Two special days tied together

BY BOB WACHS, News + Record Staff
Posted 5/31/19

A couple of things happen around this time of the year which, to me, have a direct relationship to each other.

Granted, more than a couple of things happen around this time of year. School years …

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Two special days tied together

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Posted

A couple of things happen around this time of the year which, to me, have a direct relationship to each other.

Granted, more than a couple of things happen around this time of year. School years end; folks graduate from various schools. Some get married, others take vacations and so on and so forth.

Those are nice but the two I have in mind aren’t either one of those. One is on everyone’s calendar on the same date, whether they choose to observe it or not. The other occurs at various times of the year.

But they’re both significant and they are related to each other.

The first is Memorial Day and even though it’s the same on all the calendars it has different meanings to folks. For some, it’s just another day on which they have to work or do the things they do. Others may have the day off from work and use it in various ways, although one of the more common ones is to put a hurt on the beef supply at your local supermarket.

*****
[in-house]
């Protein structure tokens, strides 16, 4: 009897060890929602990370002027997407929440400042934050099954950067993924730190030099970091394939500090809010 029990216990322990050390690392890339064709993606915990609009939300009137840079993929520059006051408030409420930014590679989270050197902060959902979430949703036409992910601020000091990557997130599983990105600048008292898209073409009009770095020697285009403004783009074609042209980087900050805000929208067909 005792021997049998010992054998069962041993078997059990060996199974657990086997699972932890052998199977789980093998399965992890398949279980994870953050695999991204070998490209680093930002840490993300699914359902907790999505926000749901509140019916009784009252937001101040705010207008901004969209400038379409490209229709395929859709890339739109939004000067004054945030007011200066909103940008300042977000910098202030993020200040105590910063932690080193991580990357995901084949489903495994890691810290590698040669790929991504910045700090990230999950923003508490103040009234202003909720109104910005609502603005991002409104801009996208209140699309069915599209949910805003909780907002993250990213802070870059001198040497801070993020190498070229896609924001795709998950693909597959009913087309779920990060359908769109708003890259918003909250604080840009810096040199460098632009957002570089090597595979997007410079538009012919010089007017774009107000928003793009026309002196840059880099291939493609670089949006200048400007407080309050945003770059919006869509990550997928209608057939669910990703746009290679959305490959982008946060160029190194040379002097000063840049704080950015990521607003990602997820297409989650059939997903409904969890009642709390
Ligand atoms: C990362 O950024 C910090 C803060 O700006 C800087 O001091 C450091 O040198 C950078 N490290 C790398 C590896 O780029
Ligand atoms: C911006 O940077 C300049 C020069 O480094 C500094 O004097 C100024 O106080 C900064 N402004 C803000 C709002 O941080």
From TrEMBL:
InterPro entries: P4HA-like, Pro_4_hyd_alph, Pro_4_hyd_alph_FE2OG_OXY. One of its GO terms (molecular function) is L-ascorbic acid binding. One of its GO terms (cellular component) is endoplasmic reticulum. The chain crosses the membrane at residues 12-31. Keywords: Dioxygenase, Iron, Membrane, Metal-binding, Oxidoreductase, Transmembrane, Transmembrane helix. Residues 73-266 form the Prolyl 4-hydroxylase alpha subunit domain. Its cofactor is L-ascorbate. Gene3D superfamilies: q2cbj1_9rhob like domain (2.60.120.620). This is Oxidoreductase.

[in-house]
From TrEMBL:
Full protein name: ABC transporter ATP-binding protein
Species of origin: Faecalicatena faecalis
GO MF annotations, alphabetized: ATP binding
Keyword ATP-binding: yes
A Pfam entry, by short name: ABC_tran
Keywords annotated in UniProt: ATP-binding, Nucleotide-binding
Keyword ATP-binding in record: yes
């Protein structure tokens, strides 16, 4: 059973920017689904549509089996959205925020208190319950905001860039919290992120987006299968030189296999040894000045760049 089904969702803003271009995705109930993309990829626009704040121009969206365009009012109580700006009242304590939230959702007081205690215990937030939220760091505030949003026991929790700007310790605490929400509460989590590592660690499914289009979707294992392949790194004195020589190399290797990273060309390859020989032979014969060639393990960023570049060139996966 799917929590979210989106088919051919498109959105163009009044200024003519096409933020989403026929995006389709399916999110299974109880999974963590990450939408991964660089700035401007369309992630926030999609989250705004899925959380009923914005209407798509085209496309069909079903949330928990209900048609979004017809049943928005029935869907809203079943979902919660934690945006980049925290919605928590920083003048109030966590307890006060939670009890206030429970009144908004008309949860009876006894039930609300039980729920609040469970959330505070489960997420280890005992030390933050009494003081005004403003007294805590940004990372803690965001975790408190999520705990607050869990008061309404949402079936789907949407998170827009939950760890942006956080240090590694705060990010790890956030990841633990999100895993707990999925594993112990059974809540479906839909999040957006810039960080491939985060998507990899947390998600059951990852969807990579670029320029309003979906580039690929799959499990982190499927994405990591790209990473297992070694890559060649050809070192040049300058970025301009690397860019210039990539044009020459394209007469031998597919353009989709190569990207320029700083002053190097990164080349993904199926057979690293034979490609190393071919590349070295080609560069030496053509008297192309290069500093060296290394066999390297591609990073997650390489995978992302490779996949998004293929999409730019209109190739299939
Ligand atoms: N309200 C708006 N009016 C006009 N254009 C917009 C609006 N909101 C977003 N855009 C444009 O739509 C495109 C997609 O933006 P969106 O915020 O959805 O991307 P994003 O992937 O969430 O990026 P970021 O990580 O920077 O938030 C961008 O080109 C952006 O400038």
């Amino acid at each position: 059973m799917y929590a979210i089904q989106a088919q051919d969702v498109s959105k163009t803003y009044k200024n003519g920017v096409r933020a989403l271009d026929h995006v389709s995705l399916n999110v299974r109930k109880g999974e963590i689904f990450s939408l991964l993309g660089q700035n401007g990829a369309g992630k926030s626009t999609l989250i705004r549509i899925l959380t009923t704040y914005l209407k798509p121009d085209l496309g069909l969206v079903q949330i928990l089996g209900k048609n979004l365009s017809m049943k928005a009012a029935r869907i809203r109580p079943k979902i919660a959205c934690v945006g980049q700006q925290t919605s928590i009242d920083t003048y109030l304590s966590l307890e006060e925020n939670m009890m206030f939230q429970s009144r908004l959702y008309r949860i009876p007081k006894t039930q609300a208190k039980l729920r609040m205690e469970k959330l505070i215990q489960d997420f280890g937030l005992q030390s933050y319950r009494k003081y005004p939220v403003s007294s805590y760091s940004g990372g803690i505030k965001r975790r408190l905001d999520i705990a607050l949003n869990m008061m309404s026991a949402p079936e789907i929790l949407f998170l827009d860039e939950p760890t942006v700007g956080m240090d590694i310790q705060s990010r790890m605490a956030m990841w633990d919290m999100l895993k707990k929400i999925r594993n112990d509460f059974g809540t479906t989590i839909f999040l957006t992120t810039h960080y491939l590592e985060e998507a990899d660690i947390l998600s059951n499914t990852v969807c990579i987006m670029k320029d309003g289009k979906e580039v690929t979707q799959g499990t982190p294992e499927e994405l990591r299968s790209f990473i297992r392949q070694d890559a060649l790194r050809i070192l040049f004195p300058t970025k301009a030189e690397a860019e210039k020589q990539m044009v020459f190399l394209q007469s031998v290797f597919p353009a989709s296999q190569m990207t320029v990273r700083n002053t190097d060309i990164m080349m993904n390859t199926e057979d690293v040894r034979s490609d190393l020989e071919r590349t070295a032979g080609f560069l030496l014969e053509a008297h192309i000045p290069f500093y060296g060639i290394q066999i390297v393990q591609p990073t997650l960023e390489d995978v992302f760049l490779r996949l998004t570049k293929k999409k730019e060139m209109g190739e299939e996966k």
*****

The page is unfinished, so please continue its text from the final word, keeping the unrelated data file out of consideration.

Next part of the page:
For others, Memorial Day, even though it’s already passed us by on the calendar, marks the unofficial beginning of summer and when numerous places of business and work use the day to create a four-day weekend it tends to drive up the number of vehicles on highways and drive down the number of folks taking in Sunday worship services.

Some, though, will take a moment or two, whether they indulge in any of those activities or not, to remember what it really is all about. They may pause a moment or they may actually take in a band-playing, flag-waving, wreath-laying ceremony and audibly or at least in their hearts say a word of thanks to the men and women of our armed forces who aren’t here in one way or another ­— either by being on assignment somewhere around the world or having heard the words “assignment complete” and moving on to that great campground in the sky.

The second day that comes around this time of the year is another Memorial Day of sorts. These happen at churches near and far and they often go by the name “Homecoming.” At some places, the folks will remember in a memorial service those folks who have slipped away since the last such gathering. Others don’t do that but all have a fine old time of singing and remembering and dinner afterwards.

This year, as I notch another candle on the birthday cake at about the same time as those two days, I’m reminded more and more about how much we have and — dare I say it — how much we take for granted.

When you see a veteran — and not just on May’s Memorial Day calendar notation — tell them thanks. And when you gather in your house of worship next time, remember that it wasn’t the preacher who gave us freedom of religion but the veteran.

You’ll get no argument from me on that point.

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